The origin of tonic water is a fantastic tale; the drink was created out of necessity rather than curiosity; as it is with a lot of inventions.
Tonic water was first made by British soldiers. In the 19th century, British Soldiers sought a way to consume the extremely bitter malaria antidote, quinine. They mixed quinine with water and soda to make it taste better. It, however, was still too better to consume, and they found a solution to this by adding gin. Going by this, the British army invented the tonic water.
In following years, 1858 in particular Erasmus Bond carried out the first commercial production of tonic water. In 1878, 20 years after that, Jacob Schweppe began production of Schweppes Indian Tonic.
Quinine is a well-known medication used to treat malaria. It is, however, no longer recommended as a result of its numerous side effects. Quinine was gotten for the first time from the bark of a Peruvian Cinchona tree around 1630. The Cinchona tree is native to South and Central America, and can also be found in West Africa and the Caribbeans. Back then, it was used to treat fever before its potency for malaria was discovered.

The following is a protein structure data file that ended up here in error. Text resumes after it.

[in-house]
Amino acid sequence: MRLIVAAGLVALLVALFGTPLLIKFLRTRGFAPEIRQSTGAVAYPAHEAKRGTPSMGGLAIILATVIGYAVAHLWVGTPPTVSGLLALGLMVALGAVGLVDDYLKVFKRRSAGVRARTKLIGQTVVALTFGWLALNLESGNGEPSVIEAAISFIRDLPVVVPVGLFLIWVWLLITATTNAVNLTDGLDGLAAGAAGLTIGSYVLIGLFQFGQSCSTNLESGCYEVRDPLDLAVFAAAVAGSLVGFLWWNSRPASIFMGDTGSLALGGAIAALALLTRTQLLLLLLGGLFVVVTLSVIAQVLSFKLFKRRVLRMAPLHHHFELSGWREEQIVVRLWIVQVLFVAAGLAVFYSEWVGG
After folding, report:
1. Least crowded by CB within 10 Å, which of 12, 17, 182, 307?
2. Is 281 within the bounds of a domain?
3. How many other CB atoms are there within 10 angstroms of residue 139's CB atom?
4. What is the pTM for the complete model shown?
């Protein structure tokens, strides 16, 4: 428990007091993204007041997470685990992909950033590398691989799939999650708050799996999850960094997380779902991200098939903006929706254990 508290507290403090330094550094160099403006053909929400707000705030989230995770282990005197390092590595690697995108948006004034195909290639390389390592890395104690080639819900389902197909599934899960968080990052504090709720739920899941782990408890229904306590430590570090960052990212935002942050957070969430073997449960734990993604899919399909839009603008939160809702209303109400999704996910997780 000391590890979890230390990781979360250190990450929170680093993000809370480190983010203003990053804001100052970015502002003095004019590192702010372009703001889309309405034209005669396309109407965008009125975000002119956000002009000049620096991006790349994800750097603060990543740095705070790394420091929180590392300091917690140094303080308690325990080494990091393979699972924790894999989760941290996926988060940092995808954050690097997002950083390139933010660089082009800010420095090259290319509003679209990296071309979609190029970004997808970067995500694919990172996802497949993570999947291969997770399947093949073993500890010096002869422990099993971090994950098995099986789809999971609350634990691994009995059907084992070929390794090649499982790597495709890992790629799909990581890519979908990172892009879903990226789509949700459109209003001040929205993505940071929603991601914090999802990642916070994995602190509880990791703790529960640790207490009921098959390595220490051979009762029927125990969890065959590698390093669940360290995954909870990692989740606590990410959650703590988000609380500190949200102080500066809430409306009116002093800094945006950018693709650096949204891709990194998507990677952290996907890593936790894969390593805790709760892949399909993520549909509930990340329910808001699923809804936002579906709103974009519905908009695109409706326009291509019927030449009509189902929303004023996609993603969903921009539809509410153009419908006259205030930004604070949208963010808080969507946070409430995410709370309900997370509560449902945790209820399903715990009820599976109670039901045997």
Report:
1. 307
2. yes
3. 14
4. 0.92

Quinine played a massive role during the second world war, as it was used in treating many soldiers. The last American plane which was taken over by the Japanese after flying out of Philippines was said to have carried about four million quinine seeds.
An interesting take on the importance of quinine to soldiers can be taken from Sir Winston Churchill's statement:
''Gin and tonic have saved more Englishmen's lives and minds than all the doctors in the empire''.